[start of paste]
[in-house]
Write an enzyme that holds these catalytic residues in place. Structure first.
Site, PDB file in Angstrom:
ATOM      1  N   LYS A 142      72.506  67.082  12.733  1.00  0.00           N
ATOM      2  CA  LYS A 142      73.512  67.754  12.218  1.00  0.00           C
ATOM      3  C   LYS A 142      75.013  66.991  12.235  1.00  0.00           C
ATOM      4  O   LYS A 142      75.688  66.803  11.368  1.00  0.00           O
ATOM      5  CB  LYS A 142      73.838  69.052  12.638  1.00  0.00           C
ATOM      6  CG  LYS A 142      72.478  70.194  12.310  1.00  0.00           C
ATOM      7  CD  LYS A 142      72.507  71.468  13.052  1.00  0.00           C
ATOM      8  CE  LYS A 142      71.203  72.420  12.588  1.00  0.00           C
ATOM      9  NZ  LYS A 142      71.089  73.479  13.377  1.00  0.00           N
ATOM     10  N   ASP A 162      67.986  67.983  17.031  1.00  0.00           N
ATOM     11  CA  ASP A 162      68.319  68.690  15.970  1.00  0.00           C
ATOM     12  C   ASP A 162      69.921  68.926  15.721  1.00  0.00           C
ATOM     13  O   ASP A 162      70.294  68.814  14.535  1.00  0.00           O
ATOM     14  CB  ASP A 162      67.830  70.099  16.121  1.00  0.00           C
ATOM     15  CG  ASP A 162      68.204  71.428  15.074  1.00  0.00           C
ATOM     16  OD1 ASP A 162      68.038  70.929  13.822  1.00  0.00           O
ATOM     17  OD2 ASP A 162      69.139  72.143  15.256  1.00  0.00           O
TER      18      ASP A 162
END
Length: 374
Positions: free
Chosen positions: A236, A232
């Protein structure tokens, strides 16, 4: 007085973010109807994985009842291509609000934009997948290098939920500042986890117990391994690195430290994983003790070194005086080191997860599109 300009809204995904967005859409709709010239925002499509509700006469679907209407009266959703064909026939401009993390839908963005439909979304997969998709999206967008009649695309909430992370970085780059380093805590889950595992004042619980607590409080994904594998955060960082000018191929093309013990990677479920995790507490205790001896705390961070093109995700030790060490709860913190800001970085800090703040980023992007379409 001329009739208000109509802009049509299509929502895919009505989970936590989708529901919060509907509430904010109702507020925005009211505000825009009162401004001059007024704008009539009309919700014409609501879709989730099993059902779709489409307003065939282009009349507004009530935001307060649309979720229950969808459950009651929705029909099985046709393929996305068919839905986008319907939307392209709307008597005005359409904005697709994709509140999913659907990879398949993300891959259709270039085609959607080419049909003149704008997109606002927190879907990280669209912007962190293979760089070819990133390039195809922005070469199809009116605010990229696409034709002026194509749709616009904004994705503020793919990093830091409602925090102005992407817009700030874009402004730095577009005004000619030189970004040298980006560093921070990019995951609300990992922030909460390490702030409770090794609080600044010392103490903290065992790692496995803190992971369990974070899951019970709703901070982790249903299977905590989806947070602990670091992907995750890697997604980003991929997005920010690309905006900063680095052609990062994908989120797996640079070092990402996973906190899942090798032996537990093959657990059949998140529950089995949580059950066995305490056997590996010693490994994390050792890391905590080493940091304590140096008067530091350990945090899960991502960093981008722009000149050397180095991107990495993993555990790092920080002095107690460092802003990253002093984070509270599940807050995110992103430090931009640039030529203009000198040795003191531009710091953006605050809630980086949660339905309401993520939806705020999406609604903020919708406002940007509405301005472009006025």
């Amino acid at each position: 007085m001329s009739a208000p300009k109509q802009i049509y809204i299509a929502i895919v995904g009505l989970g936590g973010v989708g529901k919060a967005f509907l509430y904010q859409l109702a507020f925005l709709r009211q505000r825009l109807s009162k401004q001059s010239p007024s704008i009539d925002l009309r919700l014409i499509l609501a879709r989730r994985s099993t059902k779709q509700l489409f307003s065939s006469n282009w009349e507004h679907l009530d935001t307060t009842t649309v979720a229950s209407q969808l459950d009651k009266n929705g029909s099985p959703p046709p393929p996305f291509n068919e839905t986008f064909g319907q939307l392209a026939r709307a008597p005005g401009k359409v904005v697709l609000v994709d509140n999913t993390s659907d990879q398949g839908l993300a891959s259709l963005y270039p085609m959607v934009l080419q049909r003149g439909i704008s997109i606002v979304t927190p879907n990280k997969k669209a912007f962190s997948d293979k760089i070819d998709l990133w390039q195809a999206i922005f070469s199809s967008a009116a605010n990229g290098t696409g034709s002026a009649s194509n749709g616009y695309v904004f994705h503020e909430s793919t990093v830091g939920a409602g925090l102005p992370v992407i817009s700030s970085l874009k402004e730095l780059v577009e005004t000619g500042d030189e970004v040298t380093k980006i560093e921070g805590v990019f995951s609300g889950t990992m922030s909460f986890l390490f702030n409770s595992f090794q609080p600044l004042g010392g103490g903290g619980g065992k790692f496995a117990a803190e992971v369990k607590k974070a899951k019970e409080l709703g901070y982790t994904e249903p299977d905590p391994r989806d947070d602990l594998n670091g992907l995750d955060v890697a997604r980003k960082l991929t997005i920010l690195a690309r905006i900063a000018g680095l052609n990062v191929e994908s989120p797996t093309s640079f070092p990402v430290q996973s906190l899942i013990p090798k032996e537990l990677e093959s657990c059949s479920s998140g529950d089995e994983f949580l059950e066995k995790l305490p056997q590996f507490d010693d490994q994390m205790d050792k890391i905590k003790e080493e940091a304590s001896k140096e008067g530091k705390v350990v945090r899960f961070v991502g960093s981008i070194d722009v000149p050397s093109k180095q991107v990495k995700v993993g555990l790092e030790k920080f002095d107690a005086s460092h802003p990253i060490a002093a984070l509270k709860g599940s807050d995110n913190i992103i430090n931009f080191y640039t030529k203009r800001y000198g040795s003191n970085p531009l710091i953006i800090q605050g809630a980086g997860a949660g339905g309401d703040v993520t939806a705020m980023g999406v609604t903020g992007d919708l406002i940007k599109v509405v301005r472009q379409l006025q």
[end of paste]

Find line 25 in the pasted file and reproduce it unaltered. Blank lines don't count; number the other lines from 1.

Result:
Chosen positions: A236, A232